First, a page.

United States District Court, D. New Mexico
MEMORANDUM OPINION AND ORDER
VÁZQUEZ UNITED STATES DISTRICT JUDGE
MATTER comes before the Court on Defendant Aaron
Alonzo's Unopposed Motion for Subpoena Duces
Tecum With Respect to Criminal Records [Doc. 33], filed
on February 5, 2018. The Court, having considered the Motion
and the relevant law, and being otherwise fully informed,
finds that the Motion is well-taken and will be granted.
Alonzo is charged with aggravated sexual abuse, kidnapping,
and assault by strangling or suffocating of Jane Doe, a
person who was his girlfriend at or around the time of the
incident on November 7, 2015. [Doc. 2]. On the instant
Motion, Mr. Alonzo requests, pursuant to Rule 17(c) of the
Federal Rules of Criminal Procedure, the Court's
permission to issue a subpoena duces tecum to the
New Mexico Department of Public Safety Forensic Laboratories
(NMDPS) seeking information related to the DNA testing
performed in this case. Specifically, Mr. Alonzo seeks 19
categories of information related to the DNA testing
performed in this case: case file; data files; testing
documentation relied upon; laboratory description; laboratory
personnel; identification of the genetic loci analyzed;
genotypic databases; chain of custody and disposition of
evidence documentation; software and macros; records of
maintenance, trouble-shooting, or problems encountered during
testing; developmental validation; internal validation;
proficiency tests; accreditation; documentation of corrective
action for discrepancies and errors; technicians'
profiles; error rates; acceptable use; and audits. [Doc. 33
at 1-5]. The government does not oppose this request.
Id. at 9.
governs the issuance of subpoenas in criminal proceedings.
Rule 17(a) describes the process for obtaining subpoenas
returnable at trial by those who are able to pay for them.
Specifically, a party obtains from the clerk a blank
subpoena, signed and sealed, and then fills in the time and
place at which the witness must attend and testify. Fed. R.
Crim. P. 17(a). Rule 17(b) describes the procedure for
defendants who are filing an ex parte application
and are unable to pay the required fees.
17(c) governs the issuance of subpoenas duces tecum,
and enables either party to obtain documents or other
physical evidence. Specifically, Rule 17(c)(1) provides:
A subpoena may order the witness to produce any books,
papers, documents, data, or other objects the subpoena
designates. The court may direct the witness to produce the
designated items in court before trial or before they are to
be offered in evidence. When the items arrive, the court may
permit the parties and their attorneys to inspect all or part
Crim. P. 17(c)(1). While Rule 17(c) provides no specific
direction as to how to obtain a subpoena duces
tecum, courts have interpreted the language of the rule
to “indicate that an application for a subpoena
duces tecum returnable at trial is governed by the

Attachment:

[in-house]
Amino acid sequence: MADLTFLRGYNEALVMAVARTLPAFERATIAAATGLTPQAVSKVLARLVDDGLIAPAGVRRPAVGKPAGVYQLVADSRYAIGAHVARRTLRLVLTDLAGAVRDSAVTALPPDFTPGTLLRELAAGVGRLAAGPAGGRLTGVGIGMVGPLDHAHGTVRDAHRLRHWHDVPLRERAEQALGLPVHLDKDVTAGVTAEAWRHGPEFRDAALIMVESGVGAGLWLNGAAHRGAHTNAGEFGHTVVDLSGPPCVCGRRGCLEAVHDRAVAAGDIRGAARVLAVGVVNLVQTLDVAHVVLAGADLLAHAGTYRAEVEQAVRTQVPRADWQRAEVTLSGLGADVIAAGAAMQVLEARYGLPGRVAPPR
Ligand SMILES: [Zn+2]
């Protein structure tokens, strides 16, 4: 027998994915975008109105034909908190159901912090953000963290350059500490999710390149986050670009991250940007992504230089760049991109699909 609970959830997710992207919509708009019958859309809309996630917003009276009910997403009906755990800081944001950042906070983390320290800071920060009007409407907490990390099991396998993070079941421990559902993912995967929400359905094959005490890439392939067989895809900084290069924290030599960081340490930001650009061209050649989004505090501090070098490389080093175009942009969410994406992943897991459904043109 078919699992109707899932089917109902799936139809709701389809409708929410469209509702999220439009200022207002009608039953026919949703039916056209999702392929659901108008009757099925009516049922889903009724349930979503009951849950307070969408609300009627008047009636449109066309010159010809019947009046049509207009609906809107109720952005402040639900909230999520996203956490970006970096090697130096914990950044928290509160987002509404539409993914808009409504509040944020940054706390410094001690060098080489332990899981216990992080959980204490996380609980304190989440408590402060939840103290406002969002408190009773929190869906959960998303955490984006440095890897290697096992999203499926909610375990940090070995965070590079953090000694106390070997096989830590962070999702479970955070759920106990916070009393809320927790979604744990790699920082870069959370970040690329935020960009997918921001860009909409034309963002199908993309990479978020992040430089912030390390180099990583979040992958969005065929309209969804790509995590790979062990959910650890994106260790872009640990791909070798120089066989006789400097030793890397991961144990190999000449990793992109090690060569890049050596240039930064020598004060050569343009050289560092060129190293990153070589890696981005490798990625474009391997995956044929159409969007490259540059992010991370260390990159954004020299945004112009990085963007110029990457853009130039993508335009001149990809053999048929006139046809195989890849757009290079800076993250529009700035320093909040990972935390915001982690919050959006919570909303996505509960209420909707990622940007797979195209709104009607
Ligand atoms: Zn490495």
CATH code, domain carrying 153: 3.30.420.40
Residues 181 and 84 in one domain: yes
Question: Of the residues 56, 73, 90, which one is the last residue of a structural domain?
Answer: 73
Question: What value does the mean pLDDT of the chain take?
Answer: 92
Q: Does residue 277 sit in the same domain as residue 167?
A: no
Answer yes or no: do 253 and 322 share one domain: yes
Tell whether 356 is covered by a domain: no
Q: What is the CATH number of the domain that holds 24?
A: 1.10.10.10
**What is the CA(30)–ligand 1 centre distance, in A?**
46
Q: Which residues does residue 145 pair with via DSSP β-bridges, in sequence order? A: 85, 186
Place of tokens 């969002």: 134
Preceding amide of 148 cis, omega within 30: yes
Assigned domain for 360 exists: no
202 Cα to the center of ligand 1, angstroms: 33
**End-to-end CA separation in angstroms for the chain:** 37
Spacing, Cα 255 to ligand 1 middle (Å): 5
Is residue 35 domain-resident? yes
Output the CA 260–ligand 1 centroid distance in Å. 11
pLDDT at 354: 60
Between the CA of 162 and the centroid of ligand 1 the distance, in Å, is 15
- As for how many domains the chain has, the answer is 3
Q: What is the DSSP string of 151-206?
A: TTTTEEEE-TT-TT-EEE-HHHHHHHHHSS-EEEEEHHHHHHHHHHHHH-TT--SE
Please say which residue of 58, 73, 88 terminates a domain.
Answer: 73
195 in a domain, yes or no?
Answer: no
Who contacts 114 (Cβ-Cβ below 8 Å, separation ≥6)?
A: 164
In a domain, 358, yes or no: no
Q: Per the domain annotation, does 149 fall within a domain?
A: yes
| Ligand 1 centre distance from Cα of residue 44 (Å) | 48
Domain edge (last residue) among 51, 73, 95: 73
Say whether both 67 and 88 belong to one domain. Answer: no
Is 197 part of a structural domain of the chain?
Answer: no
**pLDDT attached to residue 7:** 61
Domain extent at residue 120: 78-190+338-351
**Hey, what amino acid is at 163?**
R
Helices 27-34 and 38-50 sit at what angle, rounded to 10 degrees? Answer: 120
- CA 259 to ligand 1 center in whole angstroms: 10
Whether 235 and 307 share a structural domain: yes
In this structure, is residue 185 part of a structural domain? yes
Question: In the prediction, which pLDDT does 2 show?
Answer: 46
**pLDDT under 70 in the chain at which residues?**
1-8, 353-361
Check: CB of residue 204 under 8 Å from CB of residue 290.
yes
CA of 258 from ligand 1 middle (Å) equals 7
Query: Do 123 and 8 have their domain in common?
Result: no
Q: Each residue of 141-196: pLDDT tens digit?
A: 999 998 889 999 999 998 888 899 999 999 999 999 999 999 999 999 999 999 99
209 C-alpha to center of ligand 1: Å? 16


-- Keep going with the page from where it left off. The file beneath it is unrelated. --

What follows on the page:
provisions of Rule 17(a) and 17(b) dealing with the issuance
of trial subpoenas.” United States v. Reyes,
162 F.R.D. 468, 469 (S.D.N.Y. 1995).
a trial subpoena issued under Rule 17(a) or 17(b), however,
Rule 17(c) provides that a subpoena duces tecum may
be made returnable before trial or other evidentiary
hearing. As noted above, the second sentence of the rule
provides that the court “may direct the witness to
produce the designated items in court before trial or before
they are to be offered in evidence.” Fed. R. Crim. P.
17(c); see also United States v. Nixon, 418 U.S.
683, 698-99 (1974) (citing Bowman Dairy Co. v. United
States, 341 U.S. 214 (1951) (“Its [Rule 17(c)]
chief innovation was to expedite the trial by providing a
time and place before trial for the inspection of subpoenaed
materials.”). Rule 17, however, provides no
“guidance as to the proper procedure for obtaining a
pretrial subpoena duces tecum.”
Reyes, 162 F.R.D. at 470.
Supreme Court has long established that “Rule 17(c) is
not intended to provide an additional means of
discovery.” Bowman Dairy, 341 U.S. at 220.
Accordingly, a party seeking issuance of a subpoena duces
tecum under Rule 17(c) must establish:
(1) that the documents are evidentiary and relevant; (2) that
they are not otherwise procurable reasonably in advance of
trial by exercise of due diligence; (3) that the party cannot
properly prepare for trial without such production and
inspection in advance of trial and that the failure to obtain
such inspection may tend unreasonably to delay the trial: and
(4) that the application is made in good faith and is not
intended as a general “fishing expedition.”
United States v. Abdush-Shakur, 465 F.3d 458, 467
(10th Cir. 2006) (quoting Nixon, 418 U.S. at
699-700). In order to meet this burden, the moving party
“must clear three hurdles: (1) relevancy; (2)
admissibility; and (3) specificity.” United States
v. Morris, 287 F.3d 985 (10th Cir. 2002) (quoting
Nixon, 418 U.S. at 700). It is insufficient that the
requested evidence “may have some potential of
relevance and evidentiary use.” United States v.
Sellers, 275 F.R.D. 620, 624 (D. Nev. 2011). “The
specificity requirement also prevents a subpoena duces
tecum issued pursuant to Rule 17(c) from being used as a
‘fishing expedition to see what may turn
up.'” Id. (quoting Bowman Dairy,
341 U.S. at 221). As the court noted in United States v.
Noriega, “[i]f the moving party cannot reasonably
specify the information contained or believed to be contained
in the documents sought but merely hopes that something
useful will turn up, this is a sure sign that the subpoena is
being misused.” 764 F.Supp. 1480, 1493 (S.D. Fla.
Alonzo seeks 19 categories of information related to the DNA
testing performed in this case. The Court finds that each
category of information sought satisfies the Nixon
test, and ...